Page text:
Our CI build was building the default configuration for our solution. Since we are now deploying to a different environment and we've created deployment configurations (and configuration transforms) for Development and Production, let's change the build configuration through the Visual Studio build step.
Now comes the actual deployment step! Up until now, we have built our project but we haven't really done anything to ship it to an actual server. Let's change that by adding a new build step based on a Command Line runner. As the build script, enter the following:
That's quite a bit, right? Let's go through this command:
"C:\Program Files\IIS\Microsoft Web Deploy V3\msdeploy.exe" is the path to the msdeploy.exe which has to be available on the build agent.
-source:package='artifacts\WebDeploy<target environment>\AcmeCompany.Portal.zip' specifies the deployment package we want to upload
-dest:auto,computerName="https://<windows azure web site web publishURL>:443/msdeploy.axd?site=<windows azure web site name>",userName="<deployment user name>",password="<deployment password>",authtype="Basic",includeAcls="False" specifies the URL to the deployment service. For Windows Azure Web Sites, this will be in the aforementioned format. For IIS, this may be different (see Sayed Ibrahim Ashimi's excellent post on WebDeploy parameters)
-verb:sync tells WebDeploy to synchronize only changed files (this will drastically reduce deployment time as not all files will be uploaded for every deployment)
-disableLink:AppPoolExtension -disableLink:ContentExtension -disableLink:CertificateExtension are used to disable certain configuration steps on the remote machine. These may be different for your environment, see MSDN for a complete list.
-setParamFile:"msdeploy\parameters<target environment>\AcmeCompany.Portal.SetParameters.xml" is an important one. It specifies the WebDeploy parameters that will be replaced in the deployed Web.config file on the remote server, for example the connection string. More on this file in a second.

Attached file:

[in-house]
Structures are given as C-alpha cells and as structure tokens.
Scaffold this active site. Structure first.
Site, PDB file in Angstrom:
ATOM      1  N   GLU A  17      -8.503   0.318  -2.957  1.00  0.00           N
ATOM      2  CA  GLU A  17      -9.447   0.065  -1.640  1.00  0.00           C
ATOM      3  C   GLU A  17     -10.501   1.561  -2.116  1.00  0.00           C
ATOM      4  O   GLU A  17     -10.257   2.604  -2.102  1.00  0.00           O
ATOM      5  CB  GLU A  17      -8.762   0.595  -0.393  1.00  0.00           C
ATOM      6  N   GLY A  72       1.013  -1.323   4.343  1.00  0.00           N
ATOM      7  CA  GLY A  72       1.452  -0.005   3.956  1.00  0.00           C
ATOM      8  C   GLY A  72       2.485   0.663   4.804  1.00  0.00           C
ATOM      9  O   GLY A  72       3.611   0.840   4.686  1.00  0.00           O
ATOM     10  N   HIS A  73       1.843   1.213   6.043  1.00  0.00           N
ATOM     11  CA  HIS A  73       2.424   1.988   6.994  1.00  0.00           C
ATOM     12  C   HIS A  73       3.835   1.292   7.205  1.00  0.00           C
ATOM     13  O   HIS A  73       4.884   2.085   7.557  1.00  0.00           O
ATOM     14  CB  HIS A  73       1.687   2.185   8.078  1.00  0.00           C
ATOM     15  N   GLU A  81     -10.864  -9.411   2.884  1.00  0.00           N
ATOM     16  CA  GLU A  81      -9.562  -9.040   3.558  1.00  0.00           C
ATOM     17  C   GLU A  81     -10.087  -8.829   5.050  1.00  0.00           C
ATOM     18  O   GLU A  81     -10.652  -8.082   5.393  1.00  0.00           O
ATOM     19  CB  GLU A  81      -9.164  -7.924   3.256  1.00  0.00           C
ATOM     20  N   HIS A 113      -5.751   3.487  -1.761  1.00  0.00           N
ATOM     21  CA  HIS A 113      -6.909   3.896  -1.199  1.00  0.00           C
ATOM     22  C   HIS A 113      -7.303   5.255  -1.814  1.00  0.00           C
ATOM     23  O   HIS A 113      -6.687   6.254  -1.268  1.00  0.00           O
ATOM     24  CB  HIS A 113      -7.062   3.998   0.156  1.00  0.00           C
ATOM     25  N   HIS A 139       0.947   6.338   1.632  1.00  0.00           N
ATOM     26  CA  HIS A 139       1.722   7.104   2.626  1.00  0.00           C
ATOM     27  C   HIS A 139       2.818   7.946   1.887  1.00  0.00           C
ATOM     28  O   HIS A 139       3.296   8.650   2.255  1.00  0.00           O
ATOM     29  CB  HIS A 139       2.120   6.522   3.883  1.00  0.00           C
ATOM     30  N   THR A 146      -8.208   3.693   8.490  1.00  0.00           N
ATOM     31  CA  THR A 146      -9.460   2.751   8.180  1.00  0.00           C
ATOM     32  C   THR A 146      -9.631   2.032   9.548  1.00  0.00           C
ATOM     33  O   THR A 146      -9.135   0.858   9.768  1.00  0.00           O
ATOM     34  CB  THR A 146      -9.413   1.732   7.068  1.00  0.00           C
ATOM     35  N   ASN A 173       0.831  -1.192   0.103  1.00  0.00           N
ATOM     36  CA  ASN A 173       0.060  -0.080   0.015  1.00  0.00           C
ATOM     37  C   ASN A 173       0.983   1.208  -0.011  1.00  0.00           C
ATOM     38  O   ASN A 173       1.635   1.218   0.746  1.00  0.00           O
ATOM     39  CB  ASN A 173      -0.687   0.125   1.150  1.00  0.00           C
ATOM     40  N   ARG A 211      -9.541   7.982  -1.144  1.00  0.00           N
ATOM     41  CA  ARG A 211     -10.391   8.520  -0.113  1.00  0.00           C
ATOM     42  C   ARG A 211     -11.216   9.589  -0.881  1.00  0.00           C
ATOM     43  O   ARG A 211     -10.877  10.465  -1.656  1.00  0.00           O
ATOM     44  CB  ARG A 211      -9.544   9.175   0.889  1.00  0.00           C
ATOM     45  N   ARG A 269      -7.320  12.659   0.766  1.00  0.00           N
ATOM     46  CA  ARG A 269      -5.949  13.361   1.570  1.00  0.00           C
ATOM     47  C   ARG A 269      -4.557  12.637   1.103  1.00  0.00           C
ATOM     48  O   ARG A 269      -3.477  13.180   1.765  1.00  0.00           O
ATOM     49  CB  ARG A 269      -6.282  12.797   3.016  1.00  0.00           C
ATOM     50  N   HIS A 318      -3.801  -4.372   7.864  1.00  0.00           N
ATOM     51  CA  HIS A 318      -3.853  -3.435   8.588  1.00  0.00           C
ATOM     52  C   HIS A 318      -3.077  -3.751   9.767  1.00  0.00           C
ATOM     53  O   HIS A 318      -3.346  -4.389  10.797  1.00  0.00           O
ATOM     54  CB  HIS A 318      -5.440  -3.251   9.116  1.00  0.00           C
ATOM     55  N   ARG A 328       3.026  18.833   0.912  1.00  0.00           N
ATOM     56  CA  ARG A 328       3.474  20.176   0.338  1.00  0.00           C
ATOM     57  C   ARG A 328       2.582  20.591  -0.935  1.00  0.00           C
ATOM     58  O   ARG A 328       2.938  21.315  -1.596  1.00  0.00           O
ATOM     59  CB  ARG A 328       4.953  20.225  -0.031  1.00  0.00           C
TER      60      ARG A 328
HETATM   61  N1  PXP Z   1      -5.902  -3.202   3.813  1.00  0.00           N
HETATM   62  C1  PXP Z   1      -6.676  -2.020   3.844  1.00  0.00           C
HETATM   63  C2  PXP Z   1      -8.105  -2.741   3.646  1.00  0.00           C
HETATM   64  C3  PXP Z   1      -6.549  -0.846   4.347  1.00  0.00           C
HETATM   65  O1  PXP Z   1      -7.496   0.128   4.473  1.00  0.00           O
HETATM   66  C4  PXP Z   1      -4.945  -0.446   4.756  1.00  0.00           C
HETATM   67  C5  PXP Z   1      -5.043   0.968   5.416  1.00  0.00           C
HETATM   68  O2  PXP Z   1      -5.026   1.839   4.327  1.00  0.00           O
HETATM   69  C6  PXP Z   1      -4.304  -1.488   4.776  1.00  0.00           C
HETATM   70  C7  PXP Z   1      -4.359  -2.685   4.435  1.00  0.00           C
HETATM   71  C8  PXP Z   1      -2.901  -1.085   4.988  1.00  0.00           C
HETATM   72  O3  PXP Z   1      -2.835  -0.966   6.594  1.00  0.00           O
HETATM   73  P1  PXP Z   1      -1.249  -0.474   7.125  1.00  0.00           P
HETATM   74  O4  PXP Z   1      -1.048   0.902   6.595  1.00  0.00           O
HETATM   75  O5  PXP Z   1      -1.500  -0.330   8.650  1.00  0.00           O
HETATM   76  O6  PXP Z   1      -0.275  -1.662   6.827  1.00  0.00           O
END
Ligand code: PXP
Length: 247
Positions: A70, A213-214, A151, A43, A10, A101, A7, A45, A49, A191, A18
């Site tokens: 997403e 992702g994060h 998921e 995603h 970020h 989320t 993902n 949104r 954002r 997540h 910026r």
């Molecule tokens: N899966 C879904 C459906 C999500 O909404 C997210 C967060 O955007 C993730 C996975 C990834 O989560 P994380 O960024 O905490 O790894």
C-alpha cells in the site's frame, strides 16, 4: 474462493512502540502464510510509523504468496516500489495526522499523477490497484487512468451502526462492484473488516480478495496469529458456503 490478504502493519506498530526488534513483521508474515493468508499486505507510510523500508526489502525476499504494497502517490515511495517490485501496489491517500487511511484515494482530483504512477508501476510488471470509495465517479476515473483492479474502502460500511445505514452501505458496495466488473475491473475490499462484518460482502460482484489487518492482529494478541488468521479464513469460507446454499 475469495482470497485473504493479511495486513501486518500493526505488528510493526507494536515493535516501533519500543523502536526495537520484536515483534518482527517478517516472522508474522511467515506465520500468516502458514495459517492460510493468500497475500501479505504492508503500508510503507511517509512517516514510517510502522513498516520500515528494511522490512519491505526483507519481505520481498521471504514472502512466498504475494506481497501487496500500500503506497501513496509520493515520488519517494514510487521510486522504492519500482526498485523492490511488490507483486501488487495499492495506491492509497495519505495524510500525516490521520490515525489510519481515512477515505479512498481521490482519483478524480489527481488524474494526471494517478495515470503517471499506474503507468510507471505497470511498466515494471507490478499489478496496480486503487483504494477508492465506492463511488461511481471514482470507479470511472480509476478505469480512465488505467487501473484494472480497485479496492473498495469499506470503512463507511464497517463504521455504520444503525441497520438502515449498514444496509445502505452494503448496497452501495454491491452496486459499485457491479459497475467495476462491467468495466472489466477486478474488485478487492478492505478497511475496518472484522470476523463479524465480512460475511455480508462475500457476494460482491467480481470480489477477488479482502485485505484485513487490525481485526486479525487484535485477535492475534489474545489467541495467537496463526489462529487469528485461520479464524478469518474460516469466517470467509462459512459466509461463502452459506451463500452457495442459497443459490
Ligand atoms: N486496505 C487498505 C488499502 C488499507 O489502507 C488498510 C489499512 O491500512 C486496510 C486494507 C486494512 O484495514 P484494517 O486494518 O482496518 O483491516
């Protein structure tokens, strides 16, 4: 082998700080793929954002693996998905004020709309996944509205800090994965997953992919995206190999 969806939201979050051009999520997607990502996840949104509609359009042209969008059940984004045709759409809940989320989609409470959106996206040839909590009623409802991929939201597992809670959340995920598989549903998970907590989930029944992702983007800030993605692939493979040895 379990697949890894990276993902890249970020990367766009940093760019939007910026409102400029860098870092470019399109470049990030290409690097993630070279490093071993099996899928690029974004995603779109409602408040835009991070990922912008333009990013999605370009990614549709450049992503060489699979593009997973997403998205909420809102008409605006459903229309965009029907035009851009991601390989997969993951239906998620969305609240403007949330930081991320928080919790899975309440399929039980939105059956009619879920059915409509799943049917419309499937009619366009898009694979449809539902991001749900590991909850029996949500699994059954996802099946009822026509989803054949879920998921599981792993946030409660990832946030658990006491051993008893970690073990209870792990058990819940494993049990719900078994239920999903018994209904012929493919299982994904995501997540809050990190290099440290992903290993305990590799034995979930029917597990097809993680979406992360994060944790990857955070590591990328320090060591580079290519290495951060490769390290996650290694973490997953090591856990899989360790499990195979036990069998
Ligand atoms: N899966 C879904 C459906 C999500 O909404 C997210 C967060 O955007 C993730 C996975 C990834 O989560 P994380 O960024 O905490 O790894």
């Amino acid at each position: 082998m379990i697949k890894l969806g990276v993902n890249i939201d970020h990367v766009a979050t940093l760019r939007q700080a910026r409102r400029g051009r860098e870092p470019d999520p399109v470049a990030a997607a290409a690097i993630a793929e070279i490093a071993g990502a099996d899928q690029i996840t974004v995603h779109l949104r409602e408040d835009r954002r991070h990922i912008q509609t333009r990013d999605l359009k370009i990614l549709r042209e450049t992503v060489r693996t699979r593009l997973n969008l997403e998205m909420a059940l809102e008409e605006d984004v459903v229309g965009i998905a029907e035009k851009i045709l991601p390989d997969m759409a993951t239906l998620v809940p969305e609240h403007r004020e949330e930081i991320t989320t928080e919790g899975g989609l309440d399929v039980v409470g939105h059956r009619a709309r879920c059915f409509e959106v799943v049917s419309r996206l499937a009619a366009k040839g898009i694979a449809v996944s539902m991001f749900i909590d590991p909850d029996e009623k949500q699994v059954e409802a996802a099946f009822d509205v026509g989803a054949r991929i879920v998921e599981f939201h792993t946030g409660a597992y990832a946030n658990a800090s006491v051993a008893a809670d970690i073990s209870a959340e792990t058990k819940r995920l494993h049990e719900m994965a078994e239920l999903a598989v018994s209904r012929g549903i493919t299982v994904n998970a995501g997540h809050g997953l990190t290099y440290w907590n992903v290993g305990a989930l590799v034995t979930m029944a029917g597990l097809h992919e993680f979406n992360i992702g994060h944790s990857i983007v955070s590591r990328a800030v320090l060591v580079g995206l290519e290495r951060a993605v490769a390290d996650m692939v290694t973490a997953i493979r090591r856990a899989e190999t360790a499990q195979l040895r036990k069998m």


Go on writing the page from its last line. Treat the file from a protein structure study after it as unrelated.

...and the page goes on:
The parameters file passed to the msdeploy.exe has to be created somehow. We've seen the build artifacts for our CI build contained a copy of this file and that one can be used if deployment secrets (such as the production database connection string) are available in source control. We probably don't want this, at least not in the same source control root our developers are all using.
For my setup, I've customized the AcmeCompany.Portal.SetParameters.xml file and put the configurations for the different target environments in a second VCS root, only available to the TeamCity server. This keeps the database connections strings a secret to everyone but TeamCity.
We can repeat these steps to create a build configuration for staging, for QA, for production and so on. Since we want to promote builds over this entire chain, these configurations should all have a snapshot dependency on the previous environment.
Here's what this could look like: 3 different build configurations, denoting different versions that are deployed to each target environment:
Step 4: Promoting CI builds
Now that we have everything in place, let's see how we can promote builds from one environment to another. When we navigate to the build results of a CI build, we can use the Actions dropdown to promote our build to the next environment.
Having configured the snapshot dependencies for our build configurations, TeamCity knows what the next environment should be: development.
This will trigger a new build that will deploy version 1.1.3 to the development environment. Once validated, we can navigate to that build's results and promote the build to the next environment.
Because of the snapshot dependencies we created, we can now also go to any build's Dependencies tab and see the environments where it has been deployed to. Here's build 1.1.3 as seen from development. We can see a CI build has been made, deployment to development has been done and deployment to production is still running:
By thinking of a deployment as a chain of builds, doing deployments from TeamCity is not too hard. In this tutorial, we've used WebDeploy as an example means of transferring build artifacts to a target environment, but this could also have been another solution (like xcopy).
Using VCS labeling, it's also possible to label sources when a specific deployment happens. By pinning builds (optionally through the TeamCity API), we can make sure that build clean-up does not remove certain builds and artifacts.